Time and time again we hear about Democrats having a "religion problem" and not being able to connect with religious voters. In fact, there is yet another op-ed in the New York Times by a history professor in Georgia that suggests that Democrats lost the recent special election because of an inability to connect with "religious voters." I would argue that in contrast that it is Republicans who have a a religion problem - one that will soon catch up with them as the Millennials begin voting in large numbers and older religious voters finally wake up to the reality that the GOP's religion is one motivated by hatred of others, a betrayal of the social Gospel, and down right meanness. In short, the GOP is becoming synonymous with the Christofascists. The hideousness of the new Senate GOP's healthcare "reform" bill shows just how little the GOP's religious values have to do with Christ's message. One third (1/3) of Millennials have left organized religion completely. Nones will soon equal the number of evangelical Christians. The number of non-Christians of other faiths is growing and many view the GOP/Christofascists with alarm. Long term, the GOP, not Democrats will have a severe religion problem, notwithstanding the usual whining about Democrats not coddling the "religious" sufficiently. Here's a sample of the usual whining via the Times op-ed:
Jon Ossoff’s defeat in Georgia’s Sixth Congressional District election on Tuesday wasn’t just a sign that Democrats may have a harder time winning in the Trump era than they had hoped. It is a symptom of a larger problem for the party — a generational and racial divide between a largely secular group of young, white party activists and an older electorate that is more religious and more socially conservative.Put simply, outside of a few progressive districts, secular-minded young activists in the party are unable to win voters’ trust.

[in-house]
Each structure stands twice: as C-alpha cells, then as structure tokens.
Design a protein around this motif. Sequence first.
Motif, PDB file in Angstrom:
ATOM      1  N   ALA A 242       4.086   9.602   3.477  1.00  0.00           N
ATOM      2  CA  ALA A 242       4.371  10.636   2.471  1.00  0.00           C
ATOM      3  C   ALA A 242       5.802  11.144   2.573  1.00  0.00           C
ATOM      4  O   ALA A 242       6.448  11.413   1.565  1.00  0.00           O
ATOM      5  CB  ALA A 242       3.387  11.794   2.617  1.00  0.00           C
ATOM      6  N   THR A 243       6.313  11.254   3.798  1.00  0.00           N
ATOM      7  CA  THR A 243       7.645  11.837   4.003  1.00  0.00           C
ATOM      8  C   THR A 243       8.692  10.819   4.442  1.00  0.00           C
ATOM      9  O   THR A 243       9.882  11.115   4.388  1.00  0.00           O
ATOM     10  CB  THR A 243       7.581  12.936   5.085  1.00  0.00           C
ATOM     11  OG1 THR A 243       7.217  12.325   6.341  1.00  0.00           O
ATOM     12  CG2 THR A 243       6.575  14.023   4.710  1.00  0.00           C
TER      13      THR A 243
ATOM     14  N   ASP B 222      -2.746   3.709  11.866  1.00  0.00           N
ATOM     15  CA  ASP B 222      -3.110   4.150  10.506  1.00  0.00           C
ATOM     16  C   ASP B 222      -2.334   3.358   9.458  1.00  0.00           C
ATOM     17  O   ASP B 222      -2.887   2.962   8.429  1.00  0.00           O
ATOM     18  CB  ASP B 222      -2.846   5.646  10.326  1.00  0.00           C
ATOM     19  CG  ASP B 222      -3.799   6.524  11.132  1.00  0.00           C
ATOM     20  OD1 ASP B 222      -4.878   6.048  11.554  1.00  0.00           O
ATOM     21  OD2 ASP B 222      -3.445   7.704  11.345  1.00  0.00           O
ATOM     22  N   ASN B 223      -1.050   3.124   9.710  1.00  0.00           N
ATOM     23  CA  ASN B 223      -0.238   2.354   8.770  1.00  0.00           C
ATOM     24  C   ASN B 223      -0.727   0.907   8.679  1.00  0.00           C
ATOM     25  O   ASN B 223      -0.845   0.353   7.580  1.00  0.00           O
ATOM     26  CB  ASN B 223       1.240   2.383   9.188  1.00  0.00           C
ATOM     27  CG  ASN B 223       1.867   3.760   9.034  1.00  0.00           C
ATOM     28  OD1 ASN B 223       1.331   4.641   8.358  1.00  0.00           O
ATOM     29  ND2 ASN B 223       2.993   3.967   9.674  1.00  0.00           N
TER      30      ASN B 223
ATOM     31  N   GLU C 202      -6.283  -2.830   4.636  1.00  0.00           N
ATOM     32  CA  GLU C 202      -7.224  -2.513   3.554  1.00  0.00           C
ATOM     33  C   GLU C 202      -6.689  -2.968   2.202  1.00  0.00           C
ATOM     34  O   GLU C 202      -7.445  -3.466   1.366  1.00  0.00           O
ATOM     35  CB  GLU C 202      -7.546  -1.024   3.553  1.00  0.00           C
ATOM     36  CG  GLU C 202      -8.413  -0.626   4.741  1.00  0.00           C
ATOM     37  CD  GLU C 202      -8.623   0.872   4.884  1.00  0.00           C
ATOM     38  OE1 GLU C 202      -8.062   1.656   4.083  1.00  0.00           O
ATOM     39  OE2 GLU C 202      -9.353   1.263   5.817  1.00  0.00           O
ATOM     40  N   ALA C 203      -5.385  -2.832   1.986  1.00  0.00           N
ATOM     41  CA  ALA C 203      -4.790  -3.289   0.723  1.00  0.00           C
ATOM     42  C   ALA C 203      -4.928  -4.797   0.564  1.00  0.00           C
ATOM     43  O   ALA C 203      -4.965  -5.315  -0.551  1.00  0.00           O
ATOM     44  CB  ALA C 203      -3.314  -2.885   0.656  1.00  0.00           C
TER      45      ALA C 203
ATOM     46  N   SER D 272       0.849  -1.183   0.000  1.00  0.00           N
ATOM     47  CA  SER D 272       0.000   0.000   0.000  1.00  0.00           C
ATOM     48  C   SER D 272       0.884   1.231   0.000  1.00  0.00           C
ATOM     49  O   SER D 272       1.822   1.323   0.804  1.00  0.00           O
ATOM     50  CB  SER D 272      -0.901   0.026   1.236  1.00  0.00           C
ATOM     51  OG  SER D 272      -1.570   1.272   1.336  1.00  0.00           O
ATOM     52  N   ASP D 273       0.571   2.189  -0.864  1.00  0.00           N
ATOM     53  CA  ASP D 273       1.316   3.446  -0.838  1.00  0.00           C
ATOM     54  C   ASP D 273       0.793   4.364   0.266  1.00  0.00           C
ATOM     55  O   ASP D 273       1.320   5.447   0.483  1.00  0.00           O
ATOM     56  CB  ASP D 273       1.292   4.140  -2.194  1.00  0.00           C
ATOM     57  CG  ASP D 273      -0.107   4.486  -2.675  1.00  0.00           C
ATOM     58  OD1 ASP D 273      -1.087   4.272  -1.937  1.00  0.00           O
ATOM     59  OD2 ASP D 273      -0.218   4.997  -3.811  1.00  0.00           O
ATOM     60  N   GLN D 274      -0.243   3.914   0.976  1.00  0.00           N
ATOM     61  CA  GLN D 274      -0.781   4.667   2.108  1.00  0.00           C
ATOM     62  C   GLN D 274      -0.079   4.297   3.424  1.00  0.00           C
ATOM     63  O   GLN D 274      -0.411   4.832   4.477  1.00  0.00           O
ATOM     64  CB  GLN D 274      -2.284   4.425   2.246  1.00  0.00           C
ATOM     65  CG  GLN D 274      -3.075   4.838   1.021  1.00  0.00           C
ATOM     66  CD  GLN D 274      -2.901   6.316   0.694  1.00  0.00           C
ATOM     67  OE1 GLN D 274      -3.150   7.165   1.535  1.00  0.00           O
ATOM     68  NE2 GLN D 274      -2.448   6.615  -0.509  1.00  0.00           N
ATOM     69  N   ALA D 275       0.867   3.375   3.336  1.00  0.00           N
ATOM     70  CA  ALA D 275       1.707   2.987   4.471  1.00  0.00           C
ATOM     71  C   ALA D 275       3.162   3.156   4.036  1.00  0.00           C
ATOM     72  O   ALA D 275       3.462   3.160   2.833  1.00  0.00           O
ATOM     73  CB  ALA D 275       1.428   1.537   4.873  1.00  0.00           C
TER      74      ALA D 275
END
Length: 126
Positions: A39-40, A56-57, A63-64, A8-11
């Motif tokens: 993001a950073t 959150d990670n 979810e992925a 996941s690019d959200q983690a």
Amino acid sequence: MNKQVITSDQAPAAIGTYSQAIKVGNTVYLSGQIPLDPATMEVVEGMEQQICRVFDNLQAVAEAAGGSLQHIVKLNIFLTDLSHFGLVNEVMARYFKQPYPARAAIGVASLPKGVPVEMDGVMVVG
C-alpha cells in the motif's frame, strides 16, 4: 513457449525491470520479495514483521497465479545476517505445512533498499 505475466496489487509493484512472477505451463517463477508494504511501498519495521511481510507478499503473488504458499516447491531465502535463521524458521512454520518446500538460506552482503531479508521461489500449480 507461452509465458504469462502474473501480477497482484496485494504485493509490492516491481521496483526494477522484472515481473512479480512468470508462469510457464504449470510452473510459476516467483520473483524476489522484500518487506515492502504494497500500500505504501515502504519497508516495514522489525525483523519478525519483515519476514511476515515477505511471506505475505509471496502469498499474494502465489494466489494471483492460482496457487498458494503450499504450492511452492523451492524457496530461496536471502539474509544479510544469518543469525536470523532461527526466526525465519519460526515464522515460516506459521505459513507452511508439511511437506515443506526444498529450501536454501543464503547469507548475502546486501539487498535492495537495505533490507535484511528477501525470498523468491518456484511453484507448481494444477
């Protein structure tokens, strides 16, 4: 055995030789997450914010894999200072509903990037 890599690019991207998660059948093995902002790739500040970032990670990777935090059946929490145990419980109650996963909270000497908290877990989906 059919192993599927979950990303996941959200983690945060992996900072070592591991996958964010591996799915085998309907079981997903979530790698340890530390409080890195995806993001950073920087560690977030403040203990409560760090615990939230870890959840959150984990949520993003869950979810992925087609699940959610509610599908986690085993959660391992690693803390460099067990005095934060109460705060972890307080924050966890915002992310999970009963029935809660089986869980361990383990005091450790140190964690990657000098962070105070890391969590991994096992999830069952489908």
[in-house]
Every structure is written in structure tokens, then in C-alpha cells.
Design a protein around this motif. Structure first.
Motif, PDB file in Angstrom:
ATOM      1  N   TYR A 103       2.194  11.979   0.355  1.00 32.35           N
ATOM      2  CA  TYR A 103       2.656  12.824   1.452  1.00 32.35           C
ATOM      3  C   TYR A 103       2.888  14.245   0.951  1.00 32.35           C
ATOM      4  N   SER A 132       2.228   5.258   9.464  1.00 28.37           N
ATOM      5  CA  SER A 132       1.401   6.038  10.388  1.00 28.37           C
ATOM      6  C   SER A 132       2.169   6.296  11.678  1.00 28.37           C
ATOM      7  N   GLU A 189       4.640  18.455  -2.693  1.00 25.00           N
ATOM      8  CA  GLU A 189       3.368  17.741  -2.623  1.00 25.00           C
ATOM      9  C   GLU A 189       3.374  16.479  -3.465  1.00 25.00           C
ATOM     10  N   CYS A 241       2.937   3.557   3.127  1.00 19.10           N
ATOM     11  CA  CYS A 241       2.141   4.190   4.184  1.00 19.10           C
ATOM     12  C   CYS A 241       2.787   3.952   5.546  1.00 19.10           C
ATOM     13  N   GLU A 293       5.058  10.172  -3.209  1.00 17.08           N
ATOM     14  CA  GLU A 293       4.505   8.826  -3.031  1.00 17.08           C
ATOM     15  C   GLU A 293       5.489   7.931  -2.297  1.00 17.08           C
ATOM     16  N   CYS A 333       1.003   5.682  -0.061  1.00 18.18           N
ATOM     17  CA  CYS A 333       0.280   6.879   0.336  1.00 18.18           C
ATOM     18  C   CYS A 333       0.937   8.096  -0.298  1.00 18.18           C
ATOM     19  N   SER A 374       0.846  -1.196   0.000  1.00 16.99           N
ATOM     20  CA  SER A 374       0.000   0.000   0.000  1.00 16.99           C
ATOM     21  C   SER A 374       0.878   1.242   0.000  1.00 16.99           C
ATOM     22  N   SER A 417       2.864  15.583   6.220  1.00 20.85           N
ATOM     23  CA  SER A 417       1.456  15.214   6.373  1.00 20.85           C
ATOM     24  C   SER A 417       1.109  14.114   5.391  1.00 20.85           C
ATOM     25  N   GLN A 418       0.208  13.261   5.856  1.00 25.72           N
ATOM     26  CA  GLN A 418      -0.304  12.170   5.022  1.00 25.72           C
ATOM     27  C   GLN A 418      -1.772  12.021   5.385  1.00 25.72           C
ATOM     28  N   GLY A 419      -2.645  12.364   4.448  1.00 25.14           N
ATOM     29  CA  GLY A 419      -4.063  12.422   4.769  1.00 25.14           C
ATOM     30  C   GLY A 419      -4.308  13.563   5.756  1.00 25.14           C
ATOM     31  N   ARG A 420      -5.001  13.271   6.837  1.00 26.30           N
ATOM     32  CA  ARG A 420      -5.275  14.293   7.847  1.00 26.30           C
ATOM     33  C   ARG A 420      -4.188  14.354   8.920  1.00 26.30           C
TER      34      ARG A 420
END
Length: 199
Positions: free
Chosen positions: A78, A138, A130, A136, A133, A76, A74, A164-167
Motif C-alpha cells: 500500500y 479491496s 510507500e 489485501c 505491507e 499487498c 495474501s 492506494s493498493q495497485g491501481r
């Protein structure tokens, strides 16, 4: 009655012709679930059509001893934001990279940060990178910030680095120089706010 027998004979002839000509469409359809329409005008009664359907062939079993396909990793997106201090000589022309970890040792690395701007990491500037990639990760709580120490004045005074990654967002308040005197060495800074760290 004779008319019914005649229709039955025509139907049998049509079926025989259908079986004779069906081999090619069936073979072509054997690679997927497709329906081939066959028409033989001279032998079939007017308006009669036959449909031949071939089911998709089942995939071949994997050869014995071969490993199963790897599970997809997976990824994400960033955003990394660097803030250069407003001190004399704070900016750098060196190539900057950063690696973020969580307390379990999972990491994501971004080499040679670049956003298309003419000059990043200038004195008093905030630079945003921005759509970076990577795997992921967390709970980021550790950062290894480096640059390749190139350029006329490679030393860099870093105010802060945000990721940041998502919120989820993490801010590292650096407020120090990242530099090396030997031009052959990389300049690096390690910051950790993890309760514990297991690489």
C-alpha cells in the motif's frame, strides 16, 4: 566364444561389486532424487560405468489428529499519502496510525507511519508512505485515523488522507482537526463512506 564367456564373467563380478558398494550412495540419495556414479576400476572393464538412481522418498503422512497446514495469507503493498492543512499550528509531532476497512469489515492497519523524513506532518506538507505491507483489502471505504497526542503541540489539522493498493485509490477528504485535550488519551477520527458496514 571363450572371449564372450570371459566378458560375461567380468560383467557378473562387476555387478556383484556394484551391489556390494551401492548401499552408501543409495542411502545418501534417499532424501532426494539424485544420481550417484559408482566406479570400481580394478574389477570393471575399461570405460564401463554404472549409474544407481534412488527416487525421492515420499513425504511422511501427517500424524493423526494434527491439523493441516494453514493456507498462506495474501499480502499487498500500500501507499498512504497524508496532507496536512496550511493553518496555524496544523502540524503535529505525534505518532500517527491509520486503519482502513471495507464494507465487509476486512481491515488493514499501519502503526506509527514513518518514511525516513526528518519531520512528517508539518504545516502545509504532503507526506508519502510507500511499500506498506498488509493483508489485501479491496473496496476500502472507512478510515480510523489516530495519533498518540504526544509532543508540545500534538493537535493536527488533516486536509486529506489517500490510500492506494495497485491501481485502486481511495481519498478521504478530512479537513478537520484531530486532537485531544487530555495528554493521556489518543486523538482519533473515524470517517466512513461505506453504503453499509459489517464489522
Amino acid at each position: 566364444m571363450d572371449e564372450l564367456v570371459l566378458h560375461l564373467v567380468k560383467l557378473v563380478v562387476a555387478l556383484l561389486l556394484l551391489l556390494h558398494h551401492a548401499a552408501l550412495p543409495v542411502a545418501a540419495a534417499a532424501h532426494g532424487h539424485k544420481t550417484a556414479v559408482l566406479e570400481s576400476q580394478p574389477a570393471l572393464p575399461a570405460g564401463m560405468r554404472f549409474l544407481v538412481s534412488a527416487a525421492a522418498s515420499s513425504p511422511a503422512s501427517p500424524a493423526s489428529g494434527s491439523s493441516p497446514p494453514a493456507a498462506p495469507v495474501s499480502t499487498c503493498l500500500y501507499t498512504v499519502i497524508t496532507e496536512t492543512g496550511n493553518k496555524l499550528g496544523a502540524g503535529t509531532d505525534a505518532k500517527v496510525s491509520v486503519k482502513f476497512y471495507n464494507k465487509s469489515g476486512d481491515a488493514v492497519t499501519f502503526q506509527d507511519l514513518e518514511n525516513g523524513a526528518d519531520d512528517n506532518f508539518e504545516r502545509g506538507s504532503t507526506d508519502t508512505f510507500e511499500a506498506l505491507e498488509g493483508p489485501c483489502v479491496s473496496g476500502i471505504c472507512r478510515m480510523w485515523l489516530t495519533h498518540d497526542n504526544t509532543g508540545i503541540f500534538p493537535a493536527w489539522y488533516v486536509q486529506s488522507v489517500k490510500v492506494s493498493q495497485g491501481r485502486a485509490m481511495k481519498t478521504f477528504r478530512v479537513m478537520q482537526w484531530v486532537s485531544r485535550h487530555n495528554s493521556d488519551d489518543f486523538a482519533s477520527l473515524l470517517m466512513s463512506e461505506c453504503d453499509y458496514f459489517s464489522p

Mr. Ossoff, 30, represented this new wing of the party. . . . Mr. Ossoff’s secularism would have surprised many American liberals of the 1950s and 1960s, who looked to the moral inspiration of the Rev. Dr. Martin Luther King Jr. and the theologian Reinhold Niebuhr, both of whom saw a religious imperative for social justice. The civil rights movement was grounded so thoroughly in the theology and culture of the African-American church that the historian David L. Chappell has called it a “religious revival.” And the economic views of New Deal and Great Society liberalism echoed the positions of mainline Protestant denominations and the social teachings of 20th-century Catholicism.
[N]ow younger, secular Democrats are attempting to separate their party’s progressive values from those religious traditions. Some may belong to a religious tradition or consider themselves to be spiritual people, but they are not able to speak the language of a communally based faith because it does not inform or shape their political views.
Democratic voters are not as secular as these activists might assume. While only 47 percent of white, college-educated Democrats identify as Christians, Christianity remains the faith of 81 percent of African-American Democrats and 76 percent of Latino Democrats.